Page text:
Chickpea Potato Salad
For this month’s recipe redux I thought I would make a Lebanese Moussaka with my favorite bean – chickpeas or garbanzo beans. It’s a recipe I’ve been playing with for a while now, based on a Moussaka I buy at a few Middle Eastern stores near me. But, it takes hours to get the eggplant velvety smooth and rich and the chickpeas soft and supple. As usual however, the holidays got the best of me and time got away. Guess I’ll have to save that for another recipe redux.
Instead I looked in my pantry and did what most cooks will do, used what I had on hand, which happened to be – potatoes, parsley, lemon and of course chickpeas. I saw this recipe in the Washington Post on December 14th and it reminded me very much of the lemon-herb salads I was inspired to make from one of my culinary Lebanese students this semester. She created masterpiece salads with simple ingredients – olive oil, lemon, an herb (like cilantro, parsley or basil) and raw vegetables – and got her fellow students to try (and like) foods like cabbage and apples or carrots and barley that they wouldn’t normally have touched. After one taste I was hooked and have been putting together my own such salads regularly.
This recipe is wonderful because it’s so versatile. Cooking the garlic takes the edge off of it, but if you’re a garlic aficionado you could always add it in raw. I mixed in some carrots for color but I think it would also be fantastic with some kalamata olives and red onion. I would add the red onion with the garlic but if you like the bite and crunch go ahead and keep it raw.
Light and fresh it’s a great alternative to traditional heavy mayonnaise based potato salad.
Here are some tips to remember:
I used fresh garbanzo beans to cut the salt, but you can also use canned, drained and rinsed. Canned are often softer than fresh for two reasons:
1. Your beans are old. Most fresh garbanzo beans on the shelf tend to be old (years old). If you go to a Middle Eastern store where turnover is high your chance of getting fresher dry garbanzo beans are probably better but in the average supermarket store, chickpeas in general may be hard to find so – good luck.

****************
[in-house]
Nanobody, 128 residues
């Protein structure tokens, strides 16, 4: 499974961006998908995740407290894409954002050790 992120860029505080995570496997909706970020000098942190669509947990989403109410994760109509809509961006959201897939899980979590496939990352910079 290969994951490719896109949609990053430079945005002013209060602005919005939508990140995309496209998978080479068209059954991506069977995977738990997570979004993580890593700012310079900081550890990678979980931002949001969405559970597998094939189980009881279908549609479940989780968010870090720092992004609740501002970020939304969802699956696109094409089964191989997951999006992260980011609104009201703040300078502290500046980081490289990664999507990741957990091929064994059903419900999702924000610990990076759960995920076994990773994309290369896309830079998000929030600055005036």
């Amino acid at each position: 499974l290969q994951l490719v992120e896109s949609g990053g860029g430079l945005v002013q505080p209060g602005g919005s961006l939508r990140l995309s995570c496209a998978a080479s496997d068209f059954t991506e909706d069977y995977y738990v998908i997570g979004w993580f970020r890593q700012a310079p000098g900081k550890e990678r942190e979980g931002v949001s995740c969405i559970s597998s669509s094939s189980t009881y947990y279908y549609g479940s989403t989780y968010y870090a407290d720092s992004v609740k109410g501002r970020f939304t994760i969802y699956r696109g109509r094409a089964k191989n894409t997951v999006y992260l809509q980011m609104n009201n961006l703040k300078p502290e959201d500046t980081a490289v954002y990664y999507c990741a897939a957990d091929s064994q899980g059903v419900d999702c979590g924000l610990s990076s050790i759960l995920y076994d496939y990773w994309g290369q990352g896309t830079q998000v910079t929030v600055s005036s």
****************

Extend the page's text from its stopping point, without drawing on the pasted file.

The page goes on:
Old beans (any type) lose moisture as they sit. Beans also have small pinpoint holes in them that absorb water as they sit – that’s why we soak them. In old beans or beans that have not been stored properly the holes close up so little water is absorbed. That’s why for some beans, no matter how long you cook them, just won’t soften up.
2. You don’t cook them long enough. If your beans are old, they can take twice as long (or longer) to soften than dried fresh beans (if they soften at all).
Unfortunately you can’t tell by looking at a dried bean whether it’s fresh or stale (chemical changes also occur inside the bean as it ages which makes them less desirable to cook)
TO SALT OR NOT
Salting is another issue and one that there is much debate about. I like to salt my beans in the middle or the end, but you can salt your beans in the beginning as well. Click here to see what the experts say about it.
This salad is excellent served warm with large poached or boiled shrimp or chicken.
Adapted from the Washington Post
6 to 8 servings
1 1/2 pounds all-purpose new potatoes
3 tablespoons olive oil
2 medium cloves garlic, finely chopped (3 tablespoons)
2 cups cooked chickpeas
1 carrot, washed, peeled and finely chopped
2 tablespoons white vinegar
Finely grated zest and freshly squeezed juice of 1 large or 2 medium lemons
1/4 cup chopped, loosely packed parsley leaves
Salt and freshly ground black pepper to taste
Place the potatoes in a medium pot and cover with cold water. Bring to a boil over medium-high heat; cook for 15 to 20 minutes, until a metal skewer or the tip of a sharp knife can slide easily through the potatoes. Be careful not to overcook them.
Meanwhile, heat the oil and garlic in a small saute pan or skillet over medium-low heat. The oil should be just hot enough to cook the garlic without browning it. Cook for 6 to 7 minutes, until it’s soft, then remove from the heat and cool for 10 minutes.
When the potatoes are done, drain and cool for 5 to 10 minutes. Cut into 3/4-inch chunks, placing them in a mixing bowl as you work. I kept the skin on but you can peel if you like.
Add the chickpeas, carrot, vinegar, lemon zest and juice, parsley, the cooled garlic-oil mixture and salt and pepper to taste in a large bowl. Gently toss to mix and evenly distribute the ingredients. Let sit for 10 minutes before serving.
Serve warm or at room temperature.
Please visit my fellow recipe reduxers to see what other “pea” potlucks they have in store: